People who live in high-risk regions have a high rate of infection and often get exposed to other diseases, a new study shows.
The study by the Centers for Disease Control and Prevention and the University of California, San Francisco, found that, in addition to the high risk of transmission, the risk of catching Ebola varies by county, as do the factors that could lead to infection.
Experts said the study provides important clues about the need to prioritize health care workers in high risk areas and to increase public awareness of the virus.
“This study offers some of the best data yet to inform our response to this pandemic,” said Dr. David Luecke, CDC director.
The findings were released Monday in the journal Emerging Infectious Diseases.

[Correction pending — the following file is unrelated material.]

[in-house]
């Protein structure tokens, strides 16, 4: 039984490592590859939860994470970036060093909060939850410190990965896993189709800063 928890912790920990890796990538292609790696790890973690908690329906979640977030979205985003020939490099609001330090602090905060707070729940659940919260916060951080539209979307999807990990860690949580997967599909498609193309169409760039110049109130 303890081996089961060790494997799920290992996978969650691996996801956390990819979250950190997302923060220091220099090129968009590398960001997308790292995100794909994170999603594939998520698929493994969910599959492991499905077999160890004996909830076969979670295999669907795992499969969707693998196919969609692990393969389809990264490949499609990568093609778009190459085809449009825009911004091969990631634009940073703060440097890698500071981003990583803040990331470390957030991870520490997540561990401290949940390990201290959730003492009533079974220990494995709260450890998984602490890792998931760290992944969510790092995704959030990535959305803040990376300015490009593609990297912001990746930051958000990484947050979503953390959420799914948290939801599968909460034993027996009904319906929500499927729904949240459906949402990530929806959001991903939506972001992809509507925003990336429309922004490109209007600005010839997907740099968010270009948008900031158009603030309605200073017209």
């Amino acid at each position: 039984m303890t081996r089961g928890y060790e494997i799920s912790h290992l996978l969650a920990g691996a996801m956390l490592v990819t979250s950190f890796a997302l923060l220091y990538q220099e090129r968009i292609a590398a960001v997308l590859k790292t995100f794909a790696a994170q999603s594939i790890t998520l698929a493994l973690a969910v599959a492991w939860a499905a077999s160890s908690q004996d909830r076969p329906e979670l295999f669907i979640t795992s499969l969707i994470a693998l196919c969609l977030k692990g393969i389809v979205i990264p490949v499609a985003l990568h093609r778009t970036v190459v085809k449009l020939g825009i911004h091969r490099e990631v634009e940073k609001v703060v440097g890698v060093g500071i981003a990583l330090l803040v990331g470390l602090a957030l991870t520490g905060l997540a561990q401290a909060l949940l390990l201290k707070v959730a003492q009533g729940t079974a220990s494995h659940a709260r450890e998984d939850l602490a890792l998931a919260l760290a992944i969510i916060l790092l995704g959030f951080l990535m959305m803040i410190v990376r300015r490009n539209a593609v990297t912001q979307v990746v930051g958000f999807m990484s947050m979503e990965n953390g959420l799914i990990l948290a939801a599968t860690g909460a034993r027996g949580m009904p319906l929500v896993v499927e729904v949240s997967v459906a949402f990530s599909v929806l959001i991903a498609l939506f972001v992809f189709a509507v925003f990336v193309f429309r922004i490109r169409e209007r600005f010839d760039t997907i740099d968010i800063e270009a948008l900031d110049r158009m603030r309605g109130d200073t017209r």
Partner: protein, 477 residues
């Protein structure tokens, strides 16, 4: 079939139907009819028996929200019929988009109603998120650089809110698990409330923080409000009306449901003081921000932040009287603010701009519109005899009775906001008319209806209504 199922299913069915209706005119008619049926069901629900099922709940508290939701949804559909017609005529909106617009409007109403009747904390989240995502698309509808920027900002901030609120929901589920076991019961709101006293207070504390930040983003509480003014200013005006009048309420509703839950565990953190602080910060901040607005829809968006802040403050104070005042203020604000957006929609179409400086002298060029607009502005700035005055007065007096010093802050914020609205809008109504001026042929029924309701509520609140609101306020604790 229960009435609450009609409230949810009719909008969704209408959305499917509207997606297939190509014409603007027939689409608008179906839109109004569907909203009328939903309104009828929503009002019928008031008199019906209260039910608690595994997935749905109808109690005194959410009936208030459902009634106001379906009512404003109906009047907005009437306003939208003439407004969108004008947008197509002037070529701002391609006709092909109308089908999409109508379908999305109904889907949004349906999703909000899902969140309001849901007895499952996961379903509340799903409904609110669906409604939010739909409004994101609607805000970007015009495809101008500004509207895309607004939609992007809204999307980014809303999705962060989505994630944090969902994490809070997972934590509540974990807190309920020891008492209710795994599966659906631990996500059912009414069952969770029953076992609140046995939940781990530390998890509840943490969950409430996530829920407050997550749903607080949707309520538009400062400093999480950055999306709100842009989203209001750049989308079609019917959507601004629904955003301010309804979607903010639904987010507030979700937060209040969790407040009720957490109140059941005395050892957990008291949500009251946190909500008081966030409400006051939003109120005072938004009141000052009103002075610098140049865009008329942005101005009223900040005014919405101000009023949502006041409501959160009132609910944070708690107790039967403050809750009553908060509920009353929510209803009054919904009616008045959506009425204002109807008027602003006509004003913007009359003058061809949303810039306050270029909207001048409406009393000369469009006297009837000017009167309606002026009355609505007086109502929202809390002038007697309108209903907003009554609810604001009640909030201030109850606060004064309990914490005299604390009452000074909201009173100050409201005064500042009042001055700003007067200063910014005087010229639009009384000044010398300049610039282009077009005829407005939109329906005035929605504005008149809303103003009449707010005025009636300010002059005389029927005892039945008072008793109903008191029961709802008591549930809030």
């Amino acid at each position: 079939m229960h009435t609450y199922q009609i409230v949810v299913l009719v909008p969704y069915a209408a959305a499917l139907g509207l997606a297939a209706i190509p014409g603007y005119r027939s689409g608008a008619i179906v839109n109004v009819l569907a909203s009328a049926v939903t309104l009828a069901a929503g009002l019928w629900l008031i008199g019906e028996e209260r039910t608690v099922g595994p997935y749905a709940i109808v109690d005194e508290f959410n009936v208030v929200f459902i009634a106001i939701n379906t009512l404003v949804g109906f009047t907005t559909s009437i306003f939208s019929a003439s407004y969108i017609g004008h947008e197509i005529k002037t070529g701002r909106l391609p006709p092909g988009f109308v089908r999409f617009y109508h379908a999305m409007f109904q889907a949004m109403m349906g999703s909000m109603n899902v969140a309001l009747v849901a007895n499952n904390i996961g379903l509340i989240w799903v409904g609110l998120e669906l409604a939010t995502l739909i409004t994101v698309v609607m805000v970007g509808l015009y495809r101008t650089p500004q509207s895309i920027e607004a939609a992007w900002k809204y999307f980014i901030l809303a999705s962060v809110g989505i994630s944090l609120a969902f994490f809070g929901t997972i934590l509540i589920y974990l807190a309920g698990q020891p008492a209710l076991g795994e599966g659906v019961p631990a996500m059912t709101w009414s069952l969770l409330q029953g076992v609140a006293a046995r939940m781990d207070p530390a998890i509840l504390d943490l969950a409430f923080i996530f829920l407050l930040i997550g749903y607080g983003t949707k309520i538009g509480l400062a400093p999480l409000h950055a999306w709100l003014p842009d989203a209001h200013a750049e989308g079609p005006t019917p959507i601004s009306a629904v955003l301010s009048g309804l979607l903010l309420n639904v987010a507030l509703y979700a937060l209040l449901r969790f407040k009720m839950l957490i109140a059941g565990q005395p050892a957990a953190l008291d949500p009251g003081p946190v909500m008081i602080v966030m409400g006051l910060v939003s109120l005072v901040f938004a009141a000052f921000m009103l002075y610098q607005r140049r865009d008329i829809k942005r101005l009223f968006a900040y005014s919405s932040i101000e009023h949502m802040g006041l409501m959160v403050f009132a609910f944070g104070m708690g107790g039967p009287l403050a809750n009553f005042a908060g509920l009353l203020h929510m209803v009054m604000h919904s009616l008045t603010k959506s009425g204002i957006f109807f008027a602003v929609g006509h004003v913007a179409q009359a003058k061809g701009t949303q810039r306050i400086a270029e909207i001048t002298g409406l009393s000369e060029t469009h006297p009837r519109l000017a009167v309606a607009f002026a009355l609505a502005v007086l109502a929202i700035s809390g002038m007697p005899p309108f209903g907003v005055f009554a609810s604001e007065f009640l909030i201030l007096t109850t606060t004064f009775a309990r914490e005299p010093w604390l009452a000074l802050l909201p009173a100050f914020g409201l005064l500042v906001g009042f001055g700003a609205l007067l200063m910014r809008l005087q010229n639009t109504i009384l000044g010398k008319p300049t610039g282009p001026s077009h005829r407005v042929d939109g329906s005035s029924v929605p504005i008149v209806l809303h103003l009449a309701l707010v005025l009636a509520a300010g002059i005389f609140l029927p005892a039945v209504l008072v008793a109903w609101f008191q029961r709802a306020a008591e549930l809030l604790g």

In the U.S., the most common virus in high and middle-income communities is the coronavirus, which is spread through close contact with infected people, such as sneezing, coughing or sharing contaminated surfaces.
The most common way to contract Ebola is through direct contact with blood or bodily fluids.
In low- and middle, middle- and high-income areas, the most prevalent virus is the MERS-CoV-2 coronaviruses, which spread by direct contact and by sharing food, water or personal items with people.
The CDC estimates there are 2,100 confirmed cases of Ebola in the U